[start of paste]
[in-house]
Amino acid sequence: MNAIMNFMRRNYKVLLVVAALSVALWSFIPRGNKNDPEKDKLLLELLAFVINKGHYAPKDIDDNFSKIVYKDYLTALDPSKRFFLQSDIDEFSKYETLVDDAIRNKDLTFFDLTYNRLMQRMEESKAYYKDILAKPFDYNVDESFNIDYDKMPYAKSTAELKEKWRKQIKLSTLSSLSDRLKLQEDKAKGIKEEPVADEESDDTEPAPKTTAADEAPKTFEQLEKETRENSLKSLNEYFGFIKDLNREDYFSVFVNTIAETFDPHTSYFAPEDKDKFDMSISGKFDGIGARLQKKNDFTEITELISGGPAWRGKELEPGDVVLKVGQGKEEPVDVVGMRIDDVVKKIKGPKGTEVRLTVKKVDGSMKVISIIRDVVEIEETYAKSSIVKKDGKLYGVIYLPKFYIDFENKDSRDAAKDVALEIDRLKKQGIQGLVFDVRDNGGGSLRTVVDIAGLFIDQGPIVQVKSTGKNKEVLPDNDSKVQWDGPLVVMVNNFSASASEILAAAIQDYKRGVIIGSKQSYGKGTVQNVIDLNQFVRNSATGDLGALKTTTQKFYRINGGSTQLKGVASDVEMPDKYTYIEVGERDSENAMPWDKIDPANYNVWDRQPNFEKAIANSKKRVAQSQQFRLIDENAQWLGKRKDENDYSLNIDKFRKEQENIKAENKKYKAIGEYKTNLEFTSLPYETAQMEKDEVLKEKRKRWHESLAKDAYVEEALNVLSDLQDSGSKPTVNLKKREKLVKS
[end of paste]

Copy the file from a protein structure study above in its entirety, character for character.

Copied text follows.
[in-house]
Amino acid sequence: MNAIMNFMRRNYKVLLVVAALSVALWSFIPRGNKNDPEKDKLLLELLAFVINKGHYAPKDIDDNFSKIVYKDYLTALDPSKRFFLQSDIDEFSKYETLVDDAIRNKDLTFFDLTYNRLMQRMEESKAYYKDILAKPFDYNVDESFNIDYDKMPYAKSTAELKEKWRKQIKLSTLSSLSDRLKLQEDKAKGIKEEPVADEESDDTEPAPKTTAADEAPKTFEQLEKETRENSLKSLNEYFGFIKDLNREDYFSVFVNTIAETFDPHTSYFAPEDKDKFDMSISGKFDGIGARLQKKNDFTEITELISGGPAWRGKELEPGDVVLKVGQGKEEPVDVVGMRIDDVVKKIKGPKGTEVRLTVKKVDGSMKVISIIRDVVEIEETYAKSSIVKKDGKLYGVIYLPKFYIDFENKDSRDAAKDVALEIDRLKKQGIQGLVFDVRDNGGGSLRTVVDIAGLFIDQGPIVQVKSTGKNKEVLPDNDSKVQWDGPLVVMVNNFSASASEILAAAIQDYKRGVIIGSKQSYGKGTVQNVIDLNQFVRNSATGDLGALKTTTQKFYRINGGSTQLKGVASDVEMPDKYTYIEVGERDSENAMPWDKIDPANYNVWDRQPNFEKAIANSKKRVAQSQQFRLIDENAQWLGKRKDENDYSLNIDKFRKEQENIKAENKKYKAIGEYKTNLEFTSLPYETAQMEKDEVLKEKRKRWHESLAKDAYVEEALNVLSDLQDSGSKPTVNLKKREKLVKS